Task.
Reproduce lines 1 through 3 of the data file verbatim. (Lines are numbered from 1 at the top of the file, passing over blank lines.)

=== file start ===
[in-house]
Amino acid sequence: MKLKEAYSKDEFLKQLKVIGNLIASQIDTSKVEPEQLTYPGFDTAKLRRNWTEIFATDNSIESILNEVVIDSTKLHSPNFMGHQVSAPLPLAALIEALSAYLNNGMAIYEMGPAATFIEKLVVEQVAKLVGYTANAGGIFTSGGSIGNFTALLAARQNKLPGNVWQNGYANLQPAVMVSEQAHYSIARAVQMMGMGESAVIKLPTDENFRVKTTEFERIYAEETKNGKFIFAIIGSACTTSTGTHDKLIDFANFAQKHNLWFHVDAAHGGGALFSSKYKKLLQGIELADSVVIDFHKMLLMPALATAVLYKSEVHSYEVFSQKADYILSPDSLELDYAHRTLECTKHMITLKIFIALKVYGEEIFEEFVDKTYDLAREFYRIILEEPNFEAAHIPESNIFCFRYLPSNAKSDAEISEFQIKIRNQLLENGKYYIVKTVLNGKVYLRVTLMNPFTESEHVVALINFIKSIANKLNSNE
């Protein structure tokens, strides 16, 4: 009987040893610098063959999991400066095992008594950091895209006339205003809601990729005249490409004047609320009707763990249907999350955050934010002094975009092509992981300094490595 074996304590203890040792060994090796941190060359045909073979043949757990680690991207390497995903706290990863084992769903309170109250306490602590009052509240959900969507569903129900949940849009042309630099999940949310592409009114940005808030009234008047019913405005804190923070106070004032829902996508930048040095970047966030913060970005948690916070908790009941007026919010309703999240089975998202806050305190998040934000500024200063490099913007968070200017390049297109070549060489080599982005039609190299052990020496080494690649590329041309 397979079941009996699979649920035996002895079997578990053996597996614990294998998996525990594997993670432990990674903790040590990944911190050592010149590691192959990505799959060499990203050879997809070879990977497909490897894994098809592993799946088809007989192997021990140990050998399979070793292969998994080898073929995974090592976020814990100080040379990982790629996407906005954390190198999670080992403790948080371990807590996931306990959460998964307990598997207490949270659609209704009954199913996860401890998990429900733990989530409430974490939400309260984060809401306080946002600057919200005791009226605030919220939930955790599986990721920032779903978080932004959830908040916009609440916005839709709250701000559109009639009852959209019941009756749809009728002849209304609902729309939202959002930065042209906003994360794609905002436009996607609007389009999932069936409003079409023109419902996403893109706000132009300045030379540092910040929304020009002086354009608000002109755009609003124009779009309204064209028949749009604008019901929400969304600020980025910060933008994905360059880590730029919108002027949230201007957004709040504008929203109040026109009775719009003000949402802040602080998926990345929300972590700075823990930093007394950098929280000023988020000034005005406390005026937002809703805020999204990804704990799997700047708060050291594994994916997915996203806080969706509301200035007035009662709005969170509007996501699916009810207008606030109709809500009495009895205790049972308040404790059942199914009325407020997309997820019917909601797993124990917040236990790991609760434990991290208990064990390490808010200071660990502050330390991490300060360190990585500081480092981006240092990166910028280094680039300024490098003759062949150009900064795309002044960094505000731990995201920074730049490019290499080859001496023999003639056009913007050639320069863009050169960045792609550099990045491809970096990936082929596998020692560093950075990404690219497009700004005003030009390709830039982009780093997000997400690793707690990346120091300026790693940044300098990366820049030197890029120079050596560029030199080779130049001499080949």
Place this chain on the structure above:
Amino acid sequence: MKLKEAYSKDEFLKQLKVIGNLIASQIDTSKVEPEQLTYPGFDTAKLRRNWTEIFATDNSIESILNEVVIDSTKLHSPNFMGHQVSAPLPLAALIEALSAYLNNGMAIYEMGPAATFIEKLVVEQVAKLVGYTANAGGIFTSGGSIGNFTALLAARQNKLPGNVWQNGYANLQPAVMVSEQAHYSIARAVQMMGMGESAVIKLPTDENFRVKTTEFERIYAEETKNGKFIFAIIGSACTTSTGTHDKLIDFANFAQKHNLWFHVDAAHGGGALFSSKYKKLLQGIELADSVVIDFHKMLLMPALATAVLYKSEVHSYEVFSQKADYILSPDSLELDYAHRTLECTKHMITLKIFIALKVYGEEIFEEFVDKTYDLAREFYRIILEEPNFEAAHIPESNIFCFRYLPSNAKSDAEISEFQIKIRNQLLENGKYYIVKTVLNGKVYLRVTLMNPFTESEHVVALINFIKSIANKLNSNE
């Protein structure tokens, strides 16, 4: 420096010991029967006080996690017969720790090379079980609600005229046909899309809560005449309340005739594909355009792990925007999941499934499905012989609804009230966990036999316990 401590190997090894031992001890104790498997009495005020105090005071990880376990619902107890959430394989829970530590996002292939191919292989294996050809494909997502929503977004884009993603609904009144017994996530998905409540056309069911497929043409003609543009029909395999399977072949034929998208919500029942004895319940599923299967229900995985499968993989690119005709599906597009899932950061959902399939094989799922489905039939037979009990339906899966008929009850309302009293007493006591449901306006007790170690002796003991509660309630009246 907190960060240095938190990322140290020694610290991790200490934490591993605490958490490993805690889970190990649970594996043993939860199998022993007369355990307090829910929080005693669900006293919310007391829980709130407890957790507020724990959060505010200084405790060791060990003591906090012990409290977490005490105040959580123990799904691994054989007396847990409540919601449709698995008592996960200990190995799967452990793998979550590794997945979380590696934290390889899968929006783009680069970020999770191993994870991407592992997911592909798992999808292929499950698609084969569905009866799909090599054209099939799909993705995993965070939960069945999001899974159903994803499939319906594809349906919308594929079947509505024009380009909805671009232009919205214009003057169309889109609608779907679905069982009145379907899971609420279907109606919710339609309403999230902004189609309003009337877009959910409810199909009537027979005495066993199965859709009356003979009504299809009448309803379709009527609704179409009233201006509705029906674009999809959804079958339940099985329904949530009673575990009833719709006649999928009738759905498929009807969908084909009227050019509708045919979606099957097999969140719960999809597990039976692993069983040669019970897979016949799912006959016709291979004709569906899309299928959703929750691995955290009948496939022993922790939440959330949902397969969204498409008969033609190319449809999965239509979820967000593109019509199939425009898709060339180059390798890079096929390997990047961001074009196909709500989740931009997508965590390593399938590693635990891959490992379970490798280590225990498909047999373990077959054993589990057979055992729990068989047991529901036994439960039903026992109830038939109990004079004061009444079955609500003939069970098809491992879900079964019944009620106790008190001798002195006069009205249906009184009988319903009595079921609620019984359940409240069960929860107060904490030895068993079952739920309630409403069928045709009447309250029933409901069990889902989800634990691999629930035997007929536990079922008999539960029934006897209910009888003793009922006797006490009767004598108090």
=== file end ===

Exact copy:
[in-house]
Amino acid sequence: MKLKEAYSKDEFLKQLKVIGNLIASQIDTSKVEPEQLTYPGFDTAKLRRNWTEIFATDNSIESILNEVVIDSTKLHSPNFMGHQVSAPLPLAALIEALSAYLNNGMAIYEMGPAATFIEKLVVEQVAKLVGYTANAGGIFTSGGSIGNFTALLAARQNKLPGNVWQNGYANLQPAVMVSEQAHYSIARAVQMMGMGESAVIKLPTDENFRVKTTEFERIYAEETKNGKFIFAIIGSACTTSTGTHDKLIDFANFAQKHNLWFHVDAAHGGGALFSSKYKKLLQGIELADSVVIDFHKMLLMPALATAVLYKSEVHSYEVFSQKADYILSPDSLELDYAHRTLECTKHMITLKIFIALKVYGEEIFEEFVDKTYDLAREFYRIILEEPNFEAAHIPESNIFCFRYLPSNAKSDAEISEFQIKIRNQLLENGKYYIVKTVLNGKVYLRVTLMNPFTESEHVVALINFIKSIANKLNSNE
């Protein structure tokens, strides 16, 4: 009987040893610098063959999991400066095992008594950091895209006339205003809601990729005249490409004047609320009707763990249907999350955050934010002094975009092509992981300094490595 074996304590203890040792060994090796941190060359045909073979043949757990680690991207390497995903706290990863084992769903309170109250306490602590009052509240959900969507569903129900949940849009042309630099999940949310592409009114940005808030009234008047019913405005804190923070106070004032829902996508930048040095970047966030913060970005948690916070908790009941007026919010309703999240089975998202806050305190998040934000500024200063490099913007968070200017390049297109070549060489080599982005039609190299052990020496080494690649590329041309 397979079941009996699979649920035996002895079997578990053996597996614990294998998996525990594997993670432990990674903790040590990944911190050592010149590691192959990505799959060499990203050879997809070879990977497909490897894994098809592993799946088809007989192997021990140990050998399979070793292969998994080898073929995974090592976020814990100080040379990982790629996407906005954390190198999670080992403790948080371990807590996931306990959460998964307990598997207490949270659609209704009954199913996860401890998990429900733990989530409430974490939400309260984060809401306080946002600057919200005791009226605030919220939930955790599986990721920032779903978080932004959830908040916009609440916005839709709250701000559109009639009852959209019941009756749809009728002849209304609902729309939202959002930065042209906003994360794609905002436009996607609007389009999932069936409003079409023109419902996403893109706000132009300045030379540092910040929304020009002086354009608000002109755009609003124009779009309204064209028949749009604008019901929400969304600020980025910060933008994905360059880590730029919108002027949230201007957004709040504008929203109040026109009775719009003000949402802040602080998926990345929300972590700075823990930093007394950098929280000023988020000034005005406390005026937002809703805020999204990804704990799997700047708060050291594994994916997915996203806080969706509301200035007035009662709005969170509007996501699916009810207008606030109709809500009495009895205790049972308040404790059942199914009325407020997309997820019917909601797993124990917040236990790991609760434990991290208990064990390490808010200071660990502050330390991490300060360190990585500081480092981006240092990166910028280094680039300024490098003759062949150009900064795309002044960094505000731990995201920074730049490019290499080859001496023999003639056009913007050639320069863009050169960045792609550099990045491809970096990936082929596998020692560093950075990404690219497009700004005003030009390709830039982009780093997000997400690793707690990346120091300026790693940044300098990366820049030197890029120079050596560029030199080779130049001499080949």